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On Jan 16, 2015, at 8:34 PM, Ben Thompson <bthompson2090@gmail.com> wrote:

Hey guys.

I have a solution together for myself involving the new particle_position_relative_[xyz] fields and multiple instances of np.histogram and np.linspace which seems to do the trick.

Although I would not complain if a piece of code that would be more native to the inner workings of YT existed that made use of the FRB data objects :). So that would be very nice Cameron. Don't feel the need to rush with it though, as I made a numpy solution for myself. But I would be interested to see that code.

Ben

On 17 Jan 2015 01:27, "Britton Smith" <brittonsmith@gmail.com> wrote:
Hi Ben,

I seem to recall people on this list doing similar things in the past with their own external code.  Does anyone still have their 2D radial profile code around anymore?

Would it perhaps work to create a uniform grid dataset from an FRB array?

Britton

On Tue, Jan 13, 2015 at 12:49 PM, Ben Thompson wrote:
Hello everyone.

I was wondering if anyone has had experience with producing a profile plot from a 2d projection object (FRB object).

Essentially, what I am trying to do is plot the stellar surface density of a galaxy as a function of radius.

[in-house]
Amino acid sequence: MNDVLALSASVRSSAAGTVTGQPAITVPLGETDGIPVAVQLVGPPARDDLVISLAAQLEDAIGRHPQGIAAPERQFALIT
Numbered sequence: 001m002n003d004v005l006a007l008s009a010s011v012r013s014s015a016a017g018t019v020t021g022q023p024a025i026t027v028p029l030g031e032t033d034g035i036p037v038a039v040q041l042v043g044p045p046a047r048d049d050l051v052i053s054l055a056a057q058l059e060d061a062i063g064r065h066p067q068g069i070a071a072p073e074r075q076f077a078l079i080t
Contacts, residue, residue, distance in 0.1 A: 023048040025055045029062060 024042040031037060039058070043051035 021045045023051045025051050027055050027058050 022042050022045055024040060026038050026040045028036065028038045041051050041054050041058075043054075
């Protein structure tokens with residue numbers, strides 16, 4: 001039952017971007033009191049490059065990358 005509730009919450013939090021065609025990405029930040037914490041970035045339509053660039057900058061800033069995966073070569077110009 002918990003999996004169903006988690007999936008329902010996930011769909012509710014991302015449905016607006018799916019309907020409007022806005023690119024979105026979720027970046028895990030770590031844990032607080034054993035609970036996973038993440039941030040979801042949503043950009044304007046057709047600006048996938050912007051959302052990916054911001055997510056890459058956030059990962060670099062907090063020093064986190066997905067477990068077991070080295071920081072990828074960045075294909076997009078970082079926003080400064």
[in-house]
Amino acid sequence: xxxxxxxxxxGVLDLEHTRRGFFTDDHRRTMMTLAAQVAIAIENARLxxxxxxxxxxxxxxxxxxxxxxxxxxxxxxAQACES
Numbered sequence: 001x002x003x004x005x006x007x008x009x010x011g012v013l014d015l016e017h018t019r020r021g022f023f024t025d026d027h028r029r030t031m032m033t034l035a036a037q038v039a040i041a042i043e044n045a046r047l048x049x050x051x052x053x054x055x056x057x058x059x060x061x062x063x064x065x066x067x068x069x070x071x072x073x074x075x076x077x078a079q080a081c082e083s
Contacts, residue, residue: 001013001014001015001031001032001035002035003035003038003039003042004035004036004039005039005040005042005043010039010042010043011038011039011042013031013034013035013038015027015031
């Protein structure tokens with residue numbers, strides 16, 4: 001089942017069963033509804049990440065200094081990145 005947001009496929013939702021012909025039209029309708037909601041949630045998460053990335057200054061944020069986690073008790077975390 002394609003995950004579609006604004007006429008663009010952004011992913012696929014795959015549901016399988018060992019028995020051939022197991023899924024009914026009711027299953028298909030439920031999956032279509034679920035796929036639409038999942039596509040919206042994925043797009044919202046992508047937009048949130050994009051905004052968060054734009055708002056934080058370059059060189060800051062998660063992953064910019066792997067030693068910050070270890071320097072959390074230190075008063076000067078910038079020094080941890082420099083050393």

This is achieved by doing the following from a disk YT object called cylinder (in which the origional simulation object is called shot)

center = cylinder.get_field_parameter("center")
normal = cylinder.get_field_parameter("normal")
image_width = (100,"kpc")
three_image_width = YTArray((image_width[0], image_width[0], image_width[0]),image_width[1])
left = center - image_width
right = center + image_width
region = shot.region(center, left, right)

proj = yt.ProjectionPlot(cylinder.ds,"z",[("deposit","stars_density")],center=center,width=image_width,data_source=region,axes_unit="kpc")

the error arrises here

prof = yt.create_profile(proj,bin_fields="cylindrical_r",fields=[("deposit","stars_density")],n_bins=128,weight_field=None )

where I get the error

/gpfs/home/........./profiles.pyc in create_profile(data_source, bin_fields, fields, n_bins, extrema, logs, units, weight_field, accumulation, fractional)
1304     else:
1305         raise NotImplementedError
-> 1306     bin_fields = data_source._determine_fields(bin_fields)
1307     fields = data_source._determine_fields(fields)
1308     if units is not None:

AttributeError: 'FixedResolutionBuffer' object has no attribute '_determine_fields'

Any ideas how to get around this error?

Also some other things to add as a postscript. Since how the projection works, if I provide weights=None as a keyword argument within the ProjectionPlot object, I get a surface density (g/cm^2). But also a "cylindrical_r" in cm^2 as well. I *think* the way to get around this is to do another projection where weights="ones", get the radius values out of that profile.. and then in matplotlib, useing the surface density array from the former profile, and the radius bin array from the latter... Produce a plot of the surface density as a function of radius from those two arrays (I might check by hand afterwards to see if this does the trick). This seems kinda convoluted so I am wondering if there is an easier way than this.